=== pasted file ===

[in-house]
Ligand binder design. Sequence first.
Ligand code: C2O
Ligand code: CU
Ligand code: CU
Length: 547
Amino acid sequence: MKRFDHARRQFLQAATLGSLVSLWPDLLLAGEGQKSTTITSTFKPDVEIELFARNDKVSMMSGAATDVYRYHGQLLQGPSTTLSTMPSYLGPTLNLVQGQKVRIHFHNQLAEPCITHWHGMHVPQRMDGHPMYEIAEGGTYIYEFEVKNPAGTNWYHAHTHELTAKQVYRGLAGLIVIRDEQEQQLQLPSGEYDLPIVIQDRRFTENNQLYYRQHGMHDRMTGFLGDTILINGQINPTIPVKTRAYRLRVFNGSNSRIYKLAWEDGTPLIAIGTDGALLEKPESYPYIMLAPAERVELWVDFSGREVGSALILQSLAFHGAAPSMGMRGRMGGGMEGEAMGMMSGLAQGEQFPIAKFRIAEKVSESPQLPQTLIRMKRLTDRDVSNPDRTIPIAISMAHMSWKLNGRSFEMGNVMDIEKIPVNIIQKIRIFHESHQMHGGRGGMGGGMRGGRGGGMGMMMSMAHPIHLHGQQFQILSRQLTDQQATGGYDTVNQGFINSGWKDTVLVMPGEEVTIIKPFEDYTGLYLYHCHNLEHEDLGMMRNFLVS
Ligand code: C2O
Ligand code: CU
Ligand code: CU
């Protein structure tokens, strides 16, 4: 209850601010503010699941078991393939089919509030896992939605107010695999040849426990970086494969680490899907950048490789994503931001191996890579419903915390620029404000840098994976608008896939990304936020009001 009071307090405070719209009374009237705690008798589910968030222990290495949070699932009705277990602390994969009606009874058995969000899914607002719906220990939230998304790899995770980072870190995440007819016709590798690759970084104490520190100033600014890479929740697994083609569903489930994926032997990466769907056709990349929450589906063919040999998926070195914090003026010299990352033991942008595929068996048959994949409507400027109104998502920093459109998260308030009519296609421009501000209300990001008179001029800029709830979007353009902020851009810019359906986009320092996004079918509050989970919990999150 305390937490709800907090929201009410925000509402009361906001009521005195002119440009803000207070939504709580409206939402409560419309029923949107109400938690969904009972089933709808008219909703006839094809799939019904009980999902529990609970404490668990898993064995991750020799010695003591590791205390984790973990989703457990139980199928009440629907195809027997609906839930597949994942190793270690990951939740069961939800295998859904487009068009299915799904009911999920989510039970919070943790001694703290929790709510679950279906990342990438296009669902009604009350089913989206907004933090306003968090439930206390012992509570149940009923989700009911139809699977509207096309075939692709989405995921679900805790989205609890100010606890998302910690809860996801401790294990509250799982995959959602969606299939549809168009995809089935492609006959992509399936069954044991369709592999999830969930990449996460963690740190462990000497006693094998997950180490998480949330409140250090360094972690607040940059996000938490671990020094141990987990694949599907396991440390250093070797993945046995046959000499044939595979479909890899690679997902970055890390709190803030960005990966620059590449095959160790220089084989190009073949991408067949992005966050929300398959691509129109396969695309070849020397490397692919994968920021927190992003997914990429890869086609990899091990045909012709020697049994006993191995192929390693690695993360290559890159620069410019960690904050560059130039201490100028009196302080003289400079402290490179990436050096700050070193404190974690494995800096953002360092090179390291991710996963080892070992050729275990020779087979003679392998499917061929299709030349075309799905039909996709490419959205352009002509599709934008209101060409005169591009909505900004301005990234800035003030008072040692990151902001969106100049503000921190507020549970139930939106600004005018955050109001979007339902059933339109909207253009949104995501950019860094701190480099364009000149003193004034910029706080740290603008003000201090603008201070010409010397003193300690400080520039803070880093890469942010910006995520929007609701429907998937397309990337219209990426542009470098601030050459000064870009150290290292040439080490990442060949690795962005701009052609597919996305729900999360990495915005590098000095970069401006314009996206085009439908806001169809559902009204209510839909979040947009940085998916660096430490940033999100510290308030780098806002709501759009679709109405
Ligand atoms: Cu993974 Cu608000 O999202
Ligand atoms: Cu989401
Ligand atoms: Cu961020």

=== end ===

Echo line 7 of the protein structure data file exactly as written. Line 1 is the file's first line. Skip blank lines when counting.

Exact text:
Amino acid sequence: MKRFDHARRQFLQAATLGSLVSLWPDLLLAGEGQKSTTITSTFKPDVEIELFARNDKVSMMSGAATDVYRYHGQLLQGPSTTLSTMPSYLGPTLNLVQGQKVRIHFHNQLAEPCITHWHGMHVPQRMDGHPMYEIAEGGTYIYEFEVKNPAGTNWYHAHTHELTAKQVYRGLAGLIVIRDEQEQQLQLPSGEYDLPIVIQDRRFTENNQLYYRQHGMHDRMTGFLGDTILINGQINPTIPVKTRAYRLRVFNGSNSRIYKLAWEDGTPLIAIGTDGALLEKPESYPYIMLAPAERVELWVDFSGREVGSALILQSLAFHGAAPSMGMRGRMGGGMEGEAMGMMSGLAQGEQFPIAKFRIAEKVSESPQLPQTLIRMKRLTDRDVSNPDRTIPIAISMAHMSWKLNGRSFEMGNVMDIEKIPVNIIQKIRIFHESHQMHGGRGGMGGGMRGGRGGGMGMMMSMAHPIHLHGQQFQILSRQLTDQQATGGYDTVNQGFINSGWKDTVLVMPGEEVTIIKPFEDYTGLYLYHCHNLEHEDLGMMRNFLVS